Just do it

That’s why we recommend rebalancing—even if it means paying taxes on capital gains. You’ve worked hard to invest your money and see it grow. Claim your prize! In a future blog post, I’ll address some of the more complex investment management techniques that you can use to help reduce your tax liabilities.

1Until exemptions enacted through H.R. 5946 in October 2016, all Olympic and Paralympic medalists were taxed on the value of the Olympic medal as well as the earnings they received from the U.S. Olympic Committee for winning. This exception does not apply if an Olympic medalist has an adjusted gross income in excess of $1 million.

2When determining which index to use and for what period, we selected the index that we deemed to be a fair representation of the characteristics of the referenced market, given the information currently available. For U.S. stock market returns, we use the S&P 90 Index from 1926 through March 3, 1957; the S&P 500 Index from March 4, 1957, through 1974; the Dow Jones U.S. Total Stock Market Index (formerly known as the Dow Jones Wilshire 5000 Index) from 1975 through April 22, 2005; the MSCI US Broad Market Index from April 23, 2005, through June 2, 2013; and the CRSP US Total Market Index thereafter. For U.S. bond market returns, we use the S&P High Grade Corporate Index from 1926 through 1968; the Citigroup High Grade Index from 1969 through 1972; the Lehman Brothers U.S. Long Credit AA Index from 1973 through 1975; the Bloomberg Barclays U.S. Aggregate Bond Index from 1976 through 2009; and the Bloomberg Barclays U.S. Aggregate Float Adjusted Index thereafter. For U.S. short-term reserves, we use the Ibbotson U.S. 30-Day Treasury Bill Index from 1926 through 1977 and the FTSE 3-Month U.S. Treasury Bill Index thereafter.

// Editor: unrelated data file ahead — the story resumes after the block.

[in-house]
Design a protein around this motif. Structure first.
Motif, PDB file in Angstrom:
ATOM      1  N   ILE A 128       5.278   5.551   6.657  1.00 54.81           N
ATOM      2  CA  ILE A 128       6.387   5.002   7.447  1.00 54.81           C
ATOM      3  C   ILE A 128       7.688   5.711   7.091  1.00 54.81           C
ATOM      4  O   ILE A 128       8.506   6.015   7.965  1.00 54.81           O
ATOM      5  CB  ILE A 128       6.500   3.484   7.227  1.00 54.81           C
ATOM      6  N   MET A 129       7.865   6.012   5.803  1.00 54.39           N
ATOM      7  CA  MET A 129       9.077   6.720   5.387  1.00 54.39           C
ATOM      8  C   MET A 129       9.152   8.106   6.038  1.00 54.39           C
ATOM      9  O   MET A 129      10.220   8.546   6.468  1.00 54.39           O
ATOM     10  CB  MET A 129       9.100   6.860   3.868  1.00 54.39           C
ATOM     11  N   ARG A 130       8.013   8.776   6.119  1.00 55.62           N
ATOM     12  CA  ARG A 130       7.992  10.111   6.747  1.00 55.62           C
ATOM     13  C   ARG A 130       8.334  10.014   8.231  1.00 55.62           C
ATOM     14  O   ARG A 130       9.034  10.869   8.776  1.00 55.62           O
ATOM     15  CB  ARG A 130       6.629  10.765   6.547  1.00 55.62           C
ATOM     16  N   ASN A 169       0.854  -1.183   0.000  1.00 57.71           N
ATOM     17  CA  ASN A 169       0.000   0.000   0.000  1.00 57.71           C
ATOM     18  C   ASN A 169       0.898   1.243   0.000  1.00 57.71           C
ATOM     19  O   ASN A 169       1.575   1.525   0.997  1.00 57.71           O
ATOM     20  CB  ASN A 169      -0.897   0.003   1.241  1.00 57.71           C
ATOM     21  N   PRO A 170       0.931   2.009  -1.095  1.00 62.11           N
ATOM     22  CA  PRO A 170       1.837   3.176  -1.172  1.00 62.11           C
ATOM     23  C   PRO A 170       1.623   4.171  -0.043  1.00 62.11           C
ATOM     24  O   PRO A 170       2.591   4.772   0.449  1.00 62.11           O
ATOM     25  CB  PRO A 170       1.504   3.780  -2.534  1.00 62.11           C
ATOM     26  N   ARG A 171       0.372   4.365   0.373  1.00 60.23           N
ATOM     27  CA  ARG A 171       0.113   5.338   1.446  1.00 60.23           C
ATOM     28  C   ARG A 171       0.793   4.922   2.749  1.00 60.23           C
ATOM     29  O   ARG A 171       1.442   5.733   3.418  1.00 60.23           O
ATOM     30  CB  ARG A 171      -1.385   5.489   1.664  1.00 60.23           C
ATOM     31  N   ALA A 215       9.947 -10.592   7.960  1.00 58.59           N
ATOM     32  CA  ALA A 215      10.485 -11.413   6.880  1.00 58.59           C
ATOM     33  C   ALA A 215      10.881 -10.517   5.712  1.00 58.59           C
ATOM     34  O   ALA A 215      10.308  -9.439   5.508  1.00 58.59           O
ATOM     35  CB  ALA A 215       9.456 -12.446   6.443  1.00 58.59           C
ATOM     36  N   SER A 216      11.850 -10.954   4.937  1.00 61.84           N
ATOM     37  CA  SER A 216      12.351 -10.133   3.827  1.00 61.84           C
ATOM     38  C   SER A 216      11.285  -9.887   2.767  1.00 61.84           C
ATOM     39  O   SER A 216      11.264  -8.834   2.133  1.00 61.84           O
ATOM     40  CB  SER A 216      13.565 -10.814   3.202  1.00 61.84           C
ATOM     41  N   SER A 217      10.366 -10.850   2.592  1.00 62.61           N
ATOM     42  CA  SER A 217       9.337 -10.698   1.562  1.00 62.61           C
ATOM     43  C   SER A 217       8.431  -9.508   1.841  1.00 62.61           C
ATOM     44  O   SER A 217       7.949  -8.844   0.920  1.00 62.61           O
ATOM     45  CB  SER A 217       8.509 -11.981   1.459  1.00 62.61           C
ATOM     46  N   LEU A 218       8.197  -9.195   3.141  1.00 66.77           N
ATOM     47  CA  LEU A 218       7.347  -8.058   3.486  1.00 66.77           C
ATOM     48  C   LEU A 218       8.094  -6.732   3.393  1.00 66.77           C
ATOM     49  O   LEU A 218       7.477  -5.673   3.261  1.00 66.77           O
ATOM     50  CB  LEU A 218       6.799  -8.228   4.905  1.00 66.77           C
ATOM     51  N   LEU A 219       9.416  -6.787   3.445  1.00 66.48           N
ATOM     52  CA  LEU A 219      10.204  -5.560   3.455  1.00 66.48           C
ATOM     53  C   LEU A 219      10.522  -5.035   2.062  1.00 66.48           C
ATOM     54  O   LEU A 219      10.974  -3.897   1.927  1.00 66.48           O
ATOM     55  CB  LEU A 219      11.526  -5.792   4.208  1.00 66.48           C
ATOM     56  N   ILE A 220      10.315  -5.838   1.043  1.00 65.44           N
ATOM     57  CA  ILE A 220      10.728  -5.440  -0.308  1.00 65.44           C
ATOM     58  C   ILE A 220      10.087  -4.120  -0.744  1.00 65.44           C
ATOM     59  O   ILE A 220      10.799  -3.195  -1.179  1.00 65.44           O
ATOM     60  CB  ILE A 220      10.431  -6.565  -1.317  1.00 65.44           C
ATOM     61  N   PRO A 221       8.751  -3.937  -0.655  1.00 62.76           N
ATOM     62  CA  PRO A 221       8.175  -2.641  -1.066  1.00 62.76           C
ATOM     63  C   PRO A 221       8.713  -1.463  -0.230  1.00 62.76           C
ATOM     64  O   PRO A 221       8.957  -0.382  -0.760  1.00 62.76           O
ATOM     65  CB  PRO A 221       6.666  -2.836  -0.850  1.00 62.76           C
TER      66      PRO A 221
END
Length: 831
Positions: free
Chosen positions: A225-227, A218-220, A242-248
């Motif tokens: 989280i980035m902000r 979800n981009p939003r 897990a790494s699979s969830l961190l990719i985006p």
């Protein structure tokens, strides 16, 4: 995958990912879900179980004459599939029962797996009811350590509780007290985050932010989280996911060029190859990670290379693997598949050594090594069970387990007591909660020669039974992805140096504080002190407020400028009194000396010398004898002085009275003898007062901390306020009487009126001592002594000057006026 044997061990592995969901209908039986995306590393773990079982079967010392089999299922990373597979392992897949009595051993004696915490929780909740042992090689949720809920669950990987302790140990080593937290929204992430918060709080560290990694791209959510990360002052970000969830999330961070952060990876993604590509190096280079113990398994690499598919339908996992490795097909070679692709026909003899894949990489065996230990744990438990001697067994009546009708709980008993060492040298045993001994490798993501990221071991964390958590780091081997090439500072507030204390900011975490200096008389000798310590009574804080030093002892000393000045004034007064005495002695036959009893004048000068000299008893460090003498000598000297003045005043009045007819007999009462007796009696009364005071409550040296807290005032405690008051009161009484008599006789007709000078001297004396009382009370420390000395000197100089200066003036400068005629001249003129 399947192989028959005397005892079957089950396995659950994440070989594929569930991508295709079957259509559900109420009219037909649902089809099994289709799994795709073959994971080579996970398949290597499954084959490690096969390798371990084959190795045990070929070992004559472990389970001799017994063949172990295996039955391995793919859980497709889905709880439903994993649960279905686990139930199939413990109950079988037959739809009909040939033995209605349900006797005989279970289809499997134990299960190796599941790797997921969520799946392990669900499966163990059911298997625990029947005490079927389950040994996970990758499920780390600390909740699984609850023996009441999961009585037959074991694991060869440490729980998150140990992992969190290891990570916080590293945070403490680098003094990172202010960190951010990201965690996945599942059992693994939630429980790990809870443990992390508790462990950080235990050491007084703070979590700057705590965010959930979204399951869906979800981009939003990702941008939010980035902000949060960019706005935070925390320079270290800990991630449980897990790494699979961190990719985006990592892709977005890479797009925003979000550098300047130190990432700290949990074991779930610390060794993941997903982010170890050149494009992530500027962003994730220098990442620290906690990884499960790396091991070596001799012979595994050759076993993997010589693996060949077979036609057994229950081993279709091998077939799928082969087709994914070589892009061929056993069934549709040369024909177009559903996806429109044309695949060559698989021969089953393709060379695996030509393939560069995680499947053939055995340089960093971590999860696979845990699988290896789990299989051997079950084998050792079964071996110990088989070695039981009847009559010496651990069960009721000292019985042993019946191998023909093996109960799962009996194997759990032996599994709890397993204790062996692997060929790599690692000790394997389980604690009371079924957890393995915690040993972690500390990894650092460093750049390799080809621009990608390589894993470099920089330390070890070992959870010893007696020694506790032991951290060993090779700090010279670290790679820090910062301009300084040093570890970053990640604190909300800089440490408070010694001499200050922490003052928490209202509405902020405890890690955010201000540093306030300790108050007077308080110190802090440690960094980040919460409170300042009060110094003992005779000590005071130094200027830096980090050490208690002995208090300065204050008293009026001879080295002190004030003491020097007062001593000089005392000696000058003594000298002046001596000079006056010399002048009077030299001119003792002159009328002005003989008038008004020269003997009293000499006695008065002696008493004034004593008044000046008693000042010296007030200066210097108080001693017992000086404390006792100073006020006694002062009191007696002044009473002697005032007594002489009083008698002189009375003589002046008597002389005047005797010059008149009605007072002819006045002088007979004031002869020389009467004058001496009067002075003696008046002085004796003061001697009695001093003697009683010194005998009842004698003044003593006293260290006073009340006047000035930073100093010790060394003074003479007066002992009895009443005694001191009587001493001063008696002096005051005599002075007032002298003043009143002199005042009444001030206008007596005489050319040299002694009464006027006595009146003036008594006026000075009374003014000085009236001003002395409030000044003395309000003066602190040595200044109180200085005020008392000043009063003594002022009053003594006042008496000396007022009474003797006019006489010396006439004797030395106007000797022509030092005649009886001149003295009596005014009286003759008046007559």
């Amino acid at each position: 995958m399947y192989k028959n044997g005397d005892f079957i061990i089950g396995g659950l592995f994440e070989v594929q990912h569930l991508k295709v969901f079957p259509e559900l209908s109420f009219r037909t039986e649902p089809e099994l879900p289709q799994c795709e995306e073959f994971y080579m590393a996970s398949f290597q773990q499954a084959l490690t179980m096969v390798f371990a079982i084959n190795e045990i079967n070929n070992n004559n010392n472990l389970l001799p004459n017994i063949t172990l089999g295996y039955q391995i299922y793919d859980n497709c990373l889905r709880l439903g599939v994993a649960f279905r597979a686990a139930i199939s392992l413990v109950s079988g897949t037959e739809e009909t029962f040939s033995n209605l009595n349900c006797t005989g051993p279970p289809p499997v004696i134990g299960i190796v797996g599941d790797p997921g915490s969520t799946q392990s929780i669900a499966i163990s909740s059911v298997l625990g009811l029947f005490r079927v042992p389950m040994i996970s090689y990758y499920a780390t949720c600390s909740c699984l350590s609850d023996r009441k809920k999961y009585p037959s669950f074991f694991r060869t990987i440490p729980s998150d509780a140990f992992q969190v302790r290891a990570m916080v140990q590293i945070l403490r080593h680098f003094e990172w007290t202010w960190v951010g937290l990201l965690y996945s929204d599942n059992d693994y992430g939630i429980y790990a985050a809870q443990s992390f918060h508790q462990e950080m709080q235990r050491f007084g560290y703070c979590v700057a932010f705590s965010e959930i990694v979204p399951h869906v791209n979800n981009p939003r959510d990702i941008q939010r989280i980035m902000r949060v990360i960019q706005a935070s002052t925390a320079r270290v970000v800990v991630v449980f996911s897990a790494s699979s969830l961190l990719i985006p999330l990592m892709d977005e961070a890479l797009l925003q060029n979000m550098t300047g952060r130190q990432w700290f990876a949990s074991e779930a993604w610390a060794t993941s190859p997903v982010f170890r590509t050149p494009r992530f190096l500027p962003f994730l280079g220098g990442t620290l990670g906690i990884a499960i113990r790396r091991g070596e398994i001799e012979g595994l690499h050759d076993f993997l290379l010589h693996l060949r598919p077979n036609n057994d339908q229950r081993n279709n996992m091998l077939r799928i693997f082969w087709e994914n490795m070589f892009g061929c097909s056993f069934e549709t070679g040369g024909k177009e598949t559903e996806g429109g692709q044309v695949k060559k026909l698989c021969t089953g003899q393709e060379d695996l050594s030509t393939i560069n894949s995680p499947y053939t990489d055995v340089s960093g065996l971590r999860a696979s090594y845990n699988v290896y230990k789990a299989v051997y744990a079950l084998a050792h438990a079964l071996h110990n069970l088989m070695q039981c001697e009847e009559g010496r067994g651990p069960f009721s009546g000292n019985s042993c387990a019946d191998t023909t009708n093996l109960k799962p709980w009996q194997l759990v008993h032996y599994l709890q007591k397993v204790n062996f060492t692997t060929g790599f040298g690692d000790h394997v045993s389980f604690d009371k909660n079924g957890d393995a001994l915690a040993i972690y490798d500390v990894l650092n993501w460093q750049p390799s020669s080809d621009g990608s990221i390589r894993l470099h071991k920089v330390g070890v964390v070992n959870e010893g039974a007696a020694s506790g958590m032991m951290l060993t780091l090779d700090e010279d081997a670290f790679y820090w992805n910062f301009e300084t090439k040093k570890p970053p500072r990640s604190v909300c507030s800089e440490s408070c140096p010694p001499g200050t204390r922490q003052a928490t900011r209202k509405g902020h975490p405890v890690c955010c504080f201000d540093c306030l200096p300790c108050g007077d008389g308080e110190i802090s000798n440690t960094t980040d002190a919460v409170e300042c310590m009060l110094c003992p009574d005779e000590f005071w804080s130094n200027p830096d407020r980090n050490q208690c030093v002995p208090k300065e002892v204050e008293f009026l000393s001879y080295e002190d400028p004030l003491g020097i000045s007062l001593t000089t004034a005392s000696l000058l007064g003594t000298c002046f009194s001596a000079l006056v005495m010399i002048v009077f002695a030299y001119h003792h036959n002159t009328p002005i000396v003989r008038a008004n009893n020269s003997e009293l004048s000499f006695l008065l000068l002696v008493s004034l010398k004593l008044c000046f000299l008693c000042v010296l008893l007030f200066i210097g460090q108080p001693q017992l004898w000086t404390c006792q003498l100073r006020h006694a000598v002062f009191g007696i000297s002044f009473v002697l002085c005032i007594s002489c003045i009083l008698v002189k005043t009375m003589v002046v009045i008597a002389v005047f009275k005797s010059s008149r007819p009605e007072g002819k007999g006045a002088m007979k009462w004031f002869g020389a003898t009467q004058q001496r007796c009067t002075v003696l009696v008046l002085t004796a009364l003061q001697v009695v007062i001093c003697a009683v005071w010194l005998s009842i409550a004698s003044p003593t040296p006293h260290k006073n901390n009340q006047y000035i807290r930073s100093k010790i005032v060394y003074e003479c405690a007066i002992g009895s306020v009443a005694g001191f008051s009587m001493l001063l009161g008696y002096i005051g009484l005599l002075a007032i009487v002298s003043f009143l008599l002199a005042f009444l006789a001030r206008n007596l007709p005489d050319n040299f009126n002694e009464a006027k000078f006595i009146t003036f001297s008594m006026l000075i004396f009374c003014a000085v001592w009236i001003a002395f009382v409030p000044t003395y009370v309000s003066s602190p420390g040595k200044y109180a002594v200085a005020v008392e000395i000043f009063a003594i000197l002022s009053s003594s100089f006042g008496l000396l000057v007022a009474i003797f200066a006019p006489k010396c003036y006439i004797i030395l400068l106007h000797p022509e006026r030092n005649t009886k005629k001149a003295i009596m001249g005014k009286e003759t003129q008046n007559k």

3Source: Vanguard. Getting back on track: A guide to smart rebalancing

4Source: Vanguard. Is dilution the solution? Considerations for a concentrated equity portfolio

5Source: Michael Kitces. Capital Gains Strategies For Highly Appreciated Investments After A Big Bull Market Run    


All investing is subject to risk, including the possible loss of the money you invest. Diversification does not ensure a profit or protect against a loss.

Advice services are provided by Vanguard Advisers, Inc., a registered investment advisor, or by Vanguard National Trust Company, a federally chartered, limited-purpose trust company.